Daniel Taylor’s Death Comes for the Deconstructionist is a story about a man, a murder, and a movement.
The man is Jon Mote, grad school dropout (all but dissertation), soon-to-be ex-huband and researcher for hire who is asked to look into the death of his former dissertation director, Richard Pratt. The murder victim, Pratt, was a Deconstructionist literarature professor whose luster, once avant-garde, is already becoming passé. The movement is Deconstructionism, which is complex and hard to explain, but for the purposes of this book holds that words point only to other words, not a reality outside themselves. Assertions of inherent meaning are really, then, just power plays between groups. In killing off Richard Pratt, then, Daniel Taylor kills of Deconstructionism too.
Taylor is an insightful stylist. Any number of sentences caught my eye, but this one about Baptists made me laugh out loud: “But they were Swedish Baptists, not Texas Baptists, so even though they thought you were going to hell if you didn’t believe in Jesus, they at least felt bad about it.” There’s a lot of truth—about Baptists, Swedes, and Texans—wrapped up in that sentence. And it’s made by Mote, who’s recovering from his fundamentalist upbringing and narrates the story throughout.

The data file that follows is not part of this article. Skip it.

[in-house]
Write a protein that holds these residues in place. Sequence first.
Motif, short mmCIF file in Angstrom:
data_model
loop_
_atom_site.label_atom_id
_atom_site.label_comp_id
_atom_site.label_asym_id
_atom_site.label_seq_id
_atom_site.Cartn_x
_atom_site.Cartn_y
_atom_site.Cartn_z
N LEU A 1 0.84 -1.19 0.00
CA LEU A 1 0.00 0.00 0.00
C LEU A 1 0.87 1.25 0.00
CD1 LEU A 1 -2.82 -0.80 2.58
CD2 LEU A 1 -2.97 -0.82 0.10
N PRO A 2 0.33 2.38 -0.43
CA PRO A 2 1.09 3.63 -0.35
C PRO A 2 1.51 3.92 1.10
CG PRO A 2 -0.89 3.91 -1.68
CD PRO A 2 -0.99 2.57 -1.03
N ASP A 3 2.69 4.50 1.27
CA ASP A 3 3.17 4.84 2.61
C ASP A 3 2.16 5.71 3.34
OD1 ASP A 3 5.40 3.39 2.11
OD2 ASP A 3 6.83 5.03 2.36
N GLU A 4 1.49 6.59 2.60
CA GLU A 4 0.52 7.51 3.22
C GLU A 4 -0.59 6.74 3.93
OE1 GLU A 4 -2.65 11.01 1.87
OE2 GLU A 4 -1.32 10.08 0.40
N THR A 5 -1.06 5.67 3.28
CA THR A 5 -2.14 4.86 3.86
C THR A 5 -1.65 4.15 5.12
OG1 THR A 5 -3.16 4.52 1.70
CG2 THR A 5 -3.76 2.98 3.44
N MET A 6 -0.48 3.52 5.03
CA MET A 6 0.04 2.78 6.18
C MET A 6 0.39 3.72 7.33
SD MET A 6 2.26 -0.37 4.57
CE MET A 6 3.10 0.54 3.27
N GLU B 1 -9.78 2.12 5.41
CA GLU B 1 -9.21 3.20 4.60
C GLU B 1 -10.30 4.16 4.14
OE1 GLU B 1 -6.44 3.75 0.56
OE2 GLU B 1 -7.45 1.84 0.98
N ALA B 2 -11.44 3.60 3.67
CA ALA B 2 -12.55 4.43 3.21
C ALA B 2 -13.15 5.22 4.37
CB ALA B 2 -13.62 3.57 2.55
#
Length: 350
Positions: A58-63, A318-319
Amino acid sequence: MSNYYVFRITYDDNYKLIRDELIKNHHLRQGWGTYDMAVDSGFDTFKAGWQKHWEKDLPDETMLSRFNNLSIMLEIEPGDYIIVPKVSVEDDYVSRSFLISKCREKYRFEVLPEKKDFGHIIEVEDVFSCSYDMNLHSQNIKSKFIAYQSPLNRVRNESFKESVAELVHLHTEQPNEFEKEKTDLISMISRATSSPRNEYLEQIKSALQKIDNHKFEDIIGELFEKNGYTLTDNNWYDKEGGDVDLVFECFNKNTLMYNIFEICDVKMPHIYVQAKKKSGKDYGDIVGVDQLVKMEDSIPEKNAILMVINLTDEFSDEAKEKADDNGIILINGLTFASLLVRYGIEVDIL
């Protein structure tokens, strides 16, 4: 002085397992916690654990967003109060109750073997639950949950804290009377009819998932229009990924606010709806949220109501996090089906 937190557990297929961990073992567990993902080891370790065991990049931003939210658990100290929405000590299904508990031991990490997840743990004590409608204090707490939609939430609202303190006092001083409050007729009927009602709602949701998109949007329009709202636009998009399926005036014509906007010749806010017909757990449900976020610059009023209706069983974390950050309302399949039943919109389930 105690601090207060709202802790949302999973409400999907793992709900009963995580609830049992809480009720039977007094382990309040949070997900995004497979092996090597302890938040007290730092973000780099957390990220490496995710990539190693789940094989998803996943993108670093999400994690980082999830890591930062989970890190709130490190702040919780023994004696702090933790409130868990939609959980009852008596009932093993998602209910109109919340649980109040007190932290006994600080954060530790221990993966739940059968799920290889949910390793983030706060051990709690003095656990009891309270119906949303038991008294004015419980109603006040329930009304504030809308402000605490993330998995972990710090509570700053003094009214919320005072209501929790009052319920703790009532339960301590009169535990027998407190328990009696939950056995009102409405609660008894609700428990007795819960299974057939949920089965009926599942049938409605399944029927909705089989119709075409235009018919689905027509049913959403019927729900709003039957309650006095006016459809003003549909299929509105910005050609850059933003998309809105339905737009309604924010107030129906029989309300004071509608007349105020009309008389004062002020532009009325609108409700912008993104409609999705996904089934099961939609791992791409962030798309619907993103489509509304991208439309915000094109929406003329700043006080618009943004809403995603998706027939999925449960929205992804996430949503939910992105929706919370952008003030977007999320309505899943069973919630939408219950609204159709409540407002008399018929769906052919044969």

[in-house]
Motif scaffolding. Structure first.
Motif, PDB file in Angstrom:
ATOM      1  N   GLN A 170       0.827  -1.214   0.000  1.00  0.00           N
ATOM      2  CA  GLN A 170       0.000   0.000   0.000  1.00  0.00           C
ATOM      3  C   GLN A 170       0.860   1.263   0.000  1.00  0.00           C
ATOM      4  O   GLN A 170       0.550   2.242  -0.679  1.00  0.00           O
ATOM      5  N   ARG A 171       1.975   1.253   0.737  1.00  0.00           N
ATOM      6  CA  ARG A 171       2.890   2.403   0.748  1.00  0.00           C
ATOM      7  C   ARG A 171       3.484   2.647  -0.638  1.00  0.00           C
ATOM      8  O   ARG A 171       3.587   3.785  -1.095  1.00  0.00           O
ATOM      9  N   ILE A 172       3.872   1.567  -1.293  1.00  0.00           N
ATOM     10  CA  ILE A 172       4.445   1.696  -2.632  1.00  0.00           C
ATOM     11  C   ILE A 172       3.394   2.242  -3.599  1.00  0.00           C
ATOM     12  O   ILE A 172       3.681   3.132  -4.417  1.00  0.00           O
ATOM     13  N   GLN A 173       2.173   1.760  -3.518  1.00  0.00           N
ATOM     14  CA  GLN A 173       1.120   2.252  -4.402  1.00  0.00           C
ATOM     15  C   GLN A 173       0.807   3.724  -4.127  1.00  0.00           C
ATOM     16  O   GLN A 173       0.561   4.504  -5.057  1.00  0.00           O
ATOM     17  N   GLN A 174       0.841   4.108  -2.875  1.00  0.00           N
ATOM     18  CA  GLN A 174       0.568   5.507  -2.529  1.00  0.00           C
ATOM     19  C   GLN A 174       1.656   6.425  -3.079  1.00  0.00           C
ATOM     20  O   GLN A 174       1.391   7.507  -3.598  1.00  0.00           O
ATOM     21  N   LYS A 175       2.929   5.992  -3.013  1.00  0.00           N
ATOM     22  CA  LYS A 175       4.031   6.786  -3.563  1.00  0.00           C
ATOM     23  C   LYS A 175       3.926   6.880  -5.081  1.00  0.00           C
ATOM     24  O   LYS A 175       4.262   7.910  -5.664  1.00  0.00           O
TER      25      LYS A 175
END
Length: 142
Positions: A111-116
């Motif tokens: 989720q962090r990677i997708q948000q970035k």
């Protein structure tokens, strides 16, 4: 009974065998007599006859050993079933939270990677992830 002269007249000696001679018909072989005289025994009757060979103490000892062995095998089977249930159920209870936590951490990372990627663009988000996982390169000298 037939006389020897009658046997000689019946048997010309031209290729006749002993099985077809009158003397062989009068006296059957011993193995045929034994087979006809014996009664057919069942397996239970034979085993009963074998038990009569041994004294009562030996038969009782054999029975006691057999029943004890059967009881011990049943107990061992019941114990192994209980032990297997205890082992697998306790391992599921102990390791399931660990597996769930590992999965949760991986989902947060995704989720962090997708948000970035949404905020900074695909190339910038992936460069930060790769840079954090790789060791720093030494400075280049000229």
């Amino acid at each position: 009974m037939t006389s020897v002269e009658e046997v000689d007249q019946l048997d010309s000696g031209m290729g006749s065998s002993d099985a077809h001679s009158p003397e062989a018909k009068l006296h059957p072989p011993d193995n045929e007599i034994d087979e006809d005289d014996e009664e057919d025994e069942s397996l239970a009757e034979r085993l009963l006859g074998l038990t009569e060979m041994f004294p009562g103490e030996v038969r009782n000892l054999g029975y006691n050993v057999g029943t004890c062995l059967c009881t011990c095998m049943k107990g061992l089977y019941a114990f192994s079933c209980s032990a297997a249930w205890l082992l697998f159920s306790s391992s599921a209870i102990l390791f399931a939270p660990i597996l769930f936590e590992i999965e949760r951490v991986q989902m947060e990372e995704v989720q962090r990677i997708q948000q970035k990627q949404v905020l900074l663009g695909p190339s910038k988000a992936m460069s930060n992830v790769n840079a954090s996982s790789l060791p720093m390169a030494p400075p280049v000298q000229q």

The book contains interesting characters and descriptions of events. Though Mote narrates, his mentally handicapped older sister Judith steals the show. She is the counterpoint to Mote’s anguished internal dialogue and Pratt’s decadent sophistication. The description of her putting on her winter clothes is hilarious. The description of Mote’s breakdown in a black Pentecostal church down by the river is engrossing. The solution of Pratt’s murder has a Paul-de-Man quality to it, which you’ll understand if you know who that is. On the plus side, I didn’t see it coming until it was just climbing on top of me.
And that brings me to a criticism of the book. It is full of literary allusions, some of which Mote draws readers’ attention to. Many of which he doesn’t. If you’re familiar with the stories or with postmodern literary theory, you’ll understand a lot of Mote’s internal dialogue and the tensions between characters. If not, you may not appreciate this book as much. (If you don’t know who Paul de Man is, or if you know but don’t see why Pratt’s past feels like an allusion to de Man, this might not be the book for you either, which, by the way, does not mention de Man explicitly.)
That said, I still read Death Comes for the Deconstructionist in one sitting (give or take a few coffee and bathroom breaks). My number one test for murder stories is whether they keep me turning pages. This one did. I liked it a lot.
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P.P.S. In an earlier version of this review, I criticized the book for a confusing chronology. The author kindly replied (see below), and I now realize the only confusion was mine. I’ve revised the review accordingly. Thanks, Mr. Taylor, for taking time to read my review!